Nigerian man opens 1st NYC shelter for asylum seekers

RDJ Refugee Shelter has transitioned from a part-time service to a full-time residential facility, specializing in the support of LGBTQ asylum-seekers

Edafe Okporo ounces the first and only shelter for asylum-seekers and refugees in New York City.

The shelter specializes in supporting LGBTQ asylum-seekers. 

READ MORE: Trump’s new move to limit asylum challenged in court

Okporo persuaded the leaders of the RDJ Refugee Shelter to transition from a part-time service to a full-time residential shelter after his own experience with homelessness.

The shelter has 10 beds and has thus far provided temporary housing for more than 80 migrants. RDJ Refugee Shelter also provides legal counseling and job assistance for those in need.

A gay man, and LGBTQ activist, Okporo was forced to undergo conversion therapy by his family.

He told Yahoo News that he was frequently persecuted in his home country for his sexual orientation. The man asserts that he was attacked while in college. After Nigeria made same-sex relationships a crime punishable by up to 10 years in prison, he fled the country.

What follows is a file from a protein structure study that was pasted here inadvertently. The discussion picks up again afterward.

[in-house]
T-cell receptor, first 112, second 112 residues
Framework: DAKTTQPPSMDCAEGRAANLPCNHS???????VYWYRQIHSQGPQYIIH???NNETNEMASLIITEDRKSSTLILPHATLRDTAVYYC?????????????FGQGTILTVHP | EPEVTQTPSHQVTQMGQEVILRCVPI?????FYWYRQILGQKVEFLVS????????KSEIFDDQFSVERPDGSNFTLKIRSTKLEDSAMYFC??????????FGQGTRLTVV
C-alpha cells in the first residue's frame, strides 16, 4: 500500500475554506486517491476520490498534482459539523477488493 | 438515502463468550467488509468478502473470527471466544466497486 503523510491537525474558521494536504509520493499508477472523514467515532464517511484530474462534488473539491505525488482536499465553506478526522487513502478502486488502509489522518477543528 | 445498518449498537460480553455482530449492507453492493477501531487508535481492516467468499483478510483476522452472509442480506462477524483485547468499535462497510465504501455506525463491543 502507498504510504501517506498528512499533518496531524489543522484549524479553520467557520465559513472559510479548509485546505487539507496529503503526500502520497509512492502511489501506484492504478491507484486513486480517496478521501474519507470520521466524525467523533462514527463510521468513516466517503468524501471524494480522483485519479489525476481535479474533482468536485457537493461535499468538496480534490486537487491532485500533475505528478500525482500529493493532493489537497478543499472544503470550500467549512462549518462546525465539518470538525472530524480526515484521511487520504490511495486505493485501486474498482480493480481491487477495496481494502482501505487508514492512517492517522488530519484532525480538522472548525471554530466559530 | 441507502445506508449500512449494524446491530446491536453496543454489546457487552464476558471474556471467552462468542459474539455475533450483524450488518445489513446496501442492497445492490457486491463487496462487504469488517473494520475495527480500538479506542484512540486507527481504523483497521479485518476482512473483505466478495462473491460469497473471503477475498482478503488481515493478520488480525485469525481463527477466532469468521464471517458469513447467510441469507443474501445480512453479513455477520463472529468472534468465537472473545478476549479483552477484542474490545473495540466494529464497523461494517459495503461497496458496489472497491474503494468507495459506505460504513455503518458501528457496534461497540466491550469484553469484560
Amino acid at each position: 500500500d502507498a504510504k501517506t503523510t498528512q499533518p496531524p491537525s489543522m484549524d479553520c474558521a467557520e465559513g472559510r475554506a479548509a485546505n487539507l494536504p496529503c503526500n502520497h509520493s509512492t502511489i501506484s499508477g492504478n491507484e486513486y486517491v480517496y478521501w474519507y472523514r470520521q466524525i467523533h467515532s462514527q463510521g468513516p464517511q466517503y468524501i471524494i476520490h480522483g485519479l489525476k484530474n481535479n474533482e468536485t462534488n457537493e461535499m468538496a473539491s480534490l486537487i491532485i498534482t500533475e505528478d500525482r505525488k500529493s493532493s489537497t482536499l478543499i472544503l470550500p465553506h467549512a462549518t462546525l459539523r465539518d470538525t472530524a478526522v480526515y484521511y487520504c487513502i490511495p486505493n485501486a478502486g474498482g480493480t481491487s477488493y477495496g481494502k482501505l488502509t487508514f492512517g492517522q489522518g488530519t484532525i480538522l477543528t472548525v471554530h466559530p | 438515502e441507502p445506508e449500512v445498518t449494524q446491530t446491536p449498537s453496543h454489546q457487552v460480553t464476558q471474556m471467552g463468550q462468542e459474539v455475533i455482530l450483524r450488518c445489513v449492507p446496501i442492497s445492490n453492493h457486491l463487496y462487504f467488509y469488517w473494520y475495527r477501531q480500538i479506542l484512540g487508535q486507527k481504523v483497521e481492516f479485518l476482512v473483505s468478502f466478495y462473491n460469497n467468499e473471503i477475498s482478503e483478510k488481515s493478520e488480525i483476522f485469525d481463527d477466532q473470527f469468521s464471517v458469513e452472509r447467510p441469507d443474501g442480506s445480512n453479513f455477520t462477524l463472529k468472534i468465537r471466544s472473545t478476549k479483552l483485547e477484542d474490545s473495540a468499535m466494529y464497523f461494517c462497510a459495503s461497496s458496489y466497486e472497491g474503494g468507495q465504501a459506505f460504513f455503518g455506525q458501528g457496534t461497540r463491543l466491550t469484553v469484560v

Okporo ended up in Elizabeth, New Jersey where he spent months in a detention center. He was later connected to an attorney who helped him win his deportation case. However, he was left homeless. 

Okporo, who has a degree in food science, told Yahoo that he considers himself lucky. “Many asylum-seekers do not have the education or proper documentation to qualify for jobs or shelter,” he said. Transgender asylum-seekers and refugees in the process of transitioning are especially vulnerable because they often lack documentation and frequently experience discrimination and violence in shelters.

READ MORE: Oprah slams Trump’s immigration policy separating families seeking asylum

“Knowing that New York is one of the most liberal places in the world and people are still subjected to such kind of persecution just makes me wonder where else in the world can LGBTQ migrants be safe,” Okporo said.

After emigrating to the U.S., Okporo has been able to be open about his sexuality and has participated in the city’s annual pride celebrations. 

He is also an author of a book titled, Compassion is Worth More: Using Your Civil Power to Create Change

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